I talked to an old road-dog about tables and conditions one time. He said he usually had a table figured out within the first 20-30min. He said it was either that or maybe not eat that day. All tables play different so one might as well get good at deciphering each one you play on.
 

Boxcar

AzB Silver Member
Silver Member
I talked to an old road-dog about tables and conditions one time. He said he usually had a table figured out within the first 20-30min. He said it was either that or maybe not eat that day. All tables play different so one might as well get good at deciphering each one you play on.
I think I was 19 years old when I learned it. Never bet against a one-armed pool player from another town.
 

phreaticus

Active member
I talked to an old road-dog about tables and conditions one time. He said he usually had a table figured out within the first 20-30min. He said it was either that or maybe not eat that day. All tables play different so one might as well get good at deciphering each one you play on.
I’m as frustrated by the way Diamond rails play as any lover of GC’s can be, but garzar’s paragraph above seems pretty spot on. Even pre Diamond, everyone had to have experience on GC’s and Valley BB’s at a minimum and every table plays different... Always so many variable tabke conditions, etc... Seems like great progress to me, as well as the made in USA factor. Don’t we all need to keep adapting & evolving? The golf course & tennis court analogies seem self evident, or really any sport played at a high level...?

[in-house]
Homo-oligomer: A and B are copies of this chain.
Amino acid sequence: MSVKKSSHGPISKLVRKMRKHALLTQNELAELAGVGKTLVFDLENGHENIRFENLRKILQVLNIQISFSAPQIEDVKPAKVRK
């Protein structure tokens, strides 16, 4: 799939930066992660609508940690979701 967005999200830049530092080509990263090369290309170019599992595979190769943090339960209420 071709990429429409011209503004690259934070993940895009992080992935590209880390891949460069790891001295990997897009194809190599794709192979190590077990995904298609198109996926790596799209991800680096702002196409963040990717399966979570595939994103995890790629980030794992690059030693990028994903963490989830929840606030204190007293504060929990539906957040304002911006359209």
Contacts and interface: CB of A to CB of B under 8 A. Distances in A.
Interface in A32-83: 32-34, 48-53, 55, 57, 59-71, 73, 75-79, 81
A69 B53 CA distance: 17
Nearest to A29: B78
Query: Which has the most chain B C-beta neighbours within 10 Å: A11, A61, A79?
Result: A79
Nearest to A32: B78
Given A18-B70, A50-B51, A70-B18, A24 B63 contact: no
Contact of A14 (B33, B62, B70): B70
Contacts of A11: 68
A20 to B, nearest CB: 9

p
 

jtompilot

AzB Silver Member
Silver Member
Very interesting post here and also very accurate. I've owned a Diamond Pro-Am with one piece slate for six years now. Four years ago I had it converted from red label to blue label rails ($$$). It is imperative that I regularly check the tightness of the rails (bolts underneath) every month or so. They tend to come loose and the table develops roll offs. One other nagging problem that may be due to rail design is the difficulty in banking a ball that is on the side rail within an inch of the side pocket. Being a Bank Pool player this bothers me since there are certain shots that are unavailable on my table that I can shoot on a GC.

This brings up a larger issue that has only been briefly discussed on here so far. That is how different the Diamond plays from the GC. Very, very different is all I can say about that. It's a whole new learning curve to learn how to bank on a Diamond. Not only do the rails bank shorter, but there are shots that can be made on a Diamond that would be impossible on a GC. I was always pretty good about adapting to different table conditions but this one took me a long time to figure out (and I've never quite figured out the intricacies of holding balls on long rail banks and shooting three rails accurately). Let me just say that imo the GC banks correctly and the Diamond does not.

I agree with Bob Jewett about all the flaws in the design of the GC's, most of them having to do with the top and outside of the table and little to do with the construction and framework that holds everything up. I've owned many GC's in my poolrooms and in my home. The frames are built of robust and solid woods (no plywood here) and the slates are mostly the original Italian slate. GC's are robust and heavy tables, made to be durable under severe playing conditions (as in heavy usage every day). I've seen GC's that still are going strong after fifty years in the same poolroom.

Yes, I've busted my knuckles on them, torn my pants on the metal edges and had trouble shooting over the pockets and scoring wheels. But I got used to playing on them and what stands out for me was that when they were set up by a proper mechanic that would play good (and roll true!) for a very long time. In fact they wouldn't even need releveling until you were ready to change the cloth. A good, solid GC plays as good or better than any other table ever made imo.